The hood has a long visor which holds stiff against the storm on its own. Zpacks claims that the brim works best when paired with a stiff brim hat, but I found that unnecessary. The hood’s length can be adjusted by a strap on the back, which also can be used to roll up the entire hood and clip it down when it’s not in use.
All of this weighs only 6.2 ounces (for a medium) and can be packed smaller than a soda can into its own chest pocket.
The Vertice’s breathable fabric is comfortable against my bare skin, and it also layers well with a shirt and the Patagonia Micro Puff, making for an extremely cushy combination.
This ultra-thin jacket is tougher than it looks. The zippers are amazingly solid — every time I zip up it feels like I’m sealing the airlock of a spaceship. The fabric is strong for how thin it is, but when giving it a fair tug you can feel when you’re approaching the point of no return — that’s the point where Zpacks won’t accept it as a return because you just ripped the jacket to shreds like Superman.
The low weight has to come in somewhere, so be careful with that fabric.
This is the absolute highlight of the Vertice. In all the miles I hiked in this rain jacket I never once felt that the Vertice was causing me to sweat. It kept me all-the-way-dry (can I TM this line for Zpacks?) as I hauled my backpack uphill in the rain. I couldn’t hope for more breathable rain protection.
I expected this jacket to wet through, but it never did. I experienced several straight days of wet weather and the only moisture issue I had was at the hem, though as you’ll see in the next section I believe this had to do with the fit. The fabric didn’t let any rain seep through, and the adjustability of the cuffs and hood allowed me to cover up as much as I needed. Because of its extraordinary breathability the jacket dried while I was wearing it whenever the sun popped out for a moment to say hello.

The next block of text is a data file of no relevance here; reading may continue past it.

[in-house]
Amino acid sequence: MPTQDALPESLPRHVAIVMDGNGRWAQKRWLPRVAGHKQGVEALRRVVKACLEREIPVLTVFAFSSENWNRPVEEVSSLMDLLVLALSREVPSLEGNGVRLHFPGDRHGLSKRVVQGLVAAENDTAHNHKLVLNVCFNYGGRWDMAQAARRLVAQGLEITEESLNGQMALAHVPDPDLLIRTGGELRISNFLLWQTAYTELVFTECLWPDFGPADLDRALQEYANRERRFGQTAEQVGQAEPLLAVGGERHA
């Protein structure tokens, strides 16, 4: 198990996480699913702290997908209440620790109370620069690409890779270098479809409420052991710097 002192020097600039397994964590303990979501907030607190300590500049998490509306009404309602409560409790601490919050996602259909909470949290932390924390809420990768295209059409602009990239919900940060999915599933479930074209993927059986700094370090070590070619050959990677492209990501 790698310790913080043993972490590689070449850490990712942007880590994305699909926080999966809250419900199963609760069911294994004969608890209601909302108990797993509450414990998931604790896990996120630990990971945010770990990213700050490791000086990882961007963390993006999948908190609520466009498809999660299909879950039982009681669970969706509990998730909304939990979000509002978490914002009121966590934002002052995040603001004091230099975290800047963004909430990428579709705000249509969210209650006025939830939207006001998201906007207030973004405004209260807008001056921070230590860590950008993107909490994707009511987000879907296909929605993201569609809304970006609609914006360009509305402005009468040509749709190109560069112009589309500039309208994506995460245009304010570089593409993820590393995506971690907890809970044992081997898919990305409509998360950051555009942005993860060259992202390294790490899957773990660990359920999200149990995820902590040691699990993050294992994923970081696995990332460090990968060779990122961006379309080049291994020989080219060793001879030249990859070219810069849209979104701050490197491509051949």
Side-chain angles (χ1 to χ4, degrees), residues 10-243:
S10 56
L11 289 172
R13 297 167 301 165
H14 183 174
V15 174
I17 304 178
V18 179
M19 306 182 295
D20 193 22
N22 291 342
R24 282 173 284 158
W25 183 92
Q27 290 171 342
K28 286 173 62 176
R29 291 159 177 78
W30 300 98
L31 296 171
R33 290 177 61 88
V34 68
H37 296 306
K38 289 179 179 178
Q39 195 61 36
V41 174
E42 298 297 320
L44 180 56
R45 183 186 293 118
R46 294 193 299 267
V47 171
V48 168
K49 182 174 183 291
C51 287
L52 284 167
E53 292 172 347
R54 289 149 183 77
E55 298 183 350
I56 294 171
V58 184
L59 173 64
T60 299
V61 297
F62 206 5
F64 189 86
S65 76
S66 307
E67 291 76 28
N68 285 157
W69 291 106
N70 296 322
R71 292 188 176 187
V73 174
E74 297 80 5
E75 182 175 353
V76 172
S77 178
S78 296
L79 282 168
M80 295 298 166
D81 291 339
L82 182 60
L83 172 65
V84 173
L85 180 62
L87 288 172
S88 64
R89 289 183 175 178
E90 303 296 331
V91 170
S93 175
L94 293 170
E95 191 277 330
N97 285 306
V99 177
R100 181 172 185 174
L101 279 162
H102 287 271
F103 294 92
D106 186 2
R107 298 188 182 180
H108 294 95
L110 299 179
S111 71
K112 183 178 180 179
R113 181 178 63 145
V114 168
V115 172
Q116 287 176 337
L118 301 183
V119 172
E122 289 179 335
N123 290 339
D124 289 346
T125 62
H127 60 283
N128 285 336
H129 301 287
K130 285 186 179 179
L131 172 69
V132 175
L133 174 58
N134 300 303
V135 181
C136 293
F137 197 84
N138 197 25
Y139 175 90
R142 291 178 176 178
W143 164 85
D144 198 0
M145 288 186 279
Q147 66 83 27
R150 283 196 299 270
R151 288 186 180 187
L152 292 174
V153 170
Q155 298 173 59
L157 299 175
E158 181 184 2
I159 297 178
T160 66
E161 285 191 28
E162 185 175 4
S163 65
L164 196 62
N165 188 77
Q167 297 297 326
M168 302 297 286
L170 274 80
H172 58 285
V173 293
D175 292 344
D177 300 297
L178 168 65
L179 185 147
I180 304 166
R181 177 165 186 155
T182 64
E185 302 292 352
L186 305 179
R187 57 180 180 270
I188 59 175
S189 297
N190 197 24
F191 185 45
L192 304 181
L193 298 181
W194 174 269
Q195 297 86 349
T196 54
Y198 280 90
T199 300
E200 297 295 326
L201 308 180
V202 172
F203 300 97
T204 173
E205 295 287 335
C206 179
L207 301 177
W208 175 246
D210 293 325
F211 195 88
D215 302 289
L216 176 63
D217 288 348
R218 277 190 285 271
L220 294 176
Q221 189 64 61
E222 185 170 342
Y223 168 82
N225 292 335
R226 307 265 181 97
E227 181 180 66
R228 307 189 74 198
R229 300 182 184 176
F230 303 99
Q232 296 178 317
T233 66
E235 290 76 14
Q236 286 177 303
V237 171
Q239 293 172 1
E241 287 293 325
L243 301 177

At 5’10 and 180 pounds I usually fit into a medium for everything. That said, the Zpacks Vertice was a little tight compared to what I’m accustomed to. It looked great and felt like a perfect fit when all I had was a t-shirt underneath, but it was too slim for layering and hard hiking.
Though the ultralight Patagonia Micro Puff synthetic puffy fit great under the Vertice, anything more burly would have made me feel like a balloon that was about to pop. The Vertice’s hem was tight around my butt and would slide up above my hips as a result of any lunging steps, and this would result in an uncomfortably wet bottom.
Know that you may have to order a size larger than usual and follow the Zpacks sizing chart so that you don’t have this issue.
As stated, the only issue I had was the tight hem that slid up to my waist. My butt was just too big for a medium (not the worst thing in the world!)
I feel that if I had gone a size larger this issue would have been avoided, as the hem gains four inches of girth with the bump to large.
Other than that, a nearly flawless rain jacket.
The Zpacks Vertice Rain Jacket may just be the most breathable rain protection on the market. This feature-laden ultralight rain jacket will keep you all-the-way-dry (™ Pending) by keeping the rain off and blowing your sweat away.
Where to Buy Zpacks Vertice
We tested the medium Zpacks Vertice rain jacket. At the time of testing (and writing) there is no women’s specific jacket. So, while this is technically unisex, it was made more for men. We seriously encourage Zpacks to make a women-specific model as clothing is almost never unisex.
Zpacks is a small, ultralight backpacking brand and sells all of its own products.
See the Zpacks Vertice rain jacket below.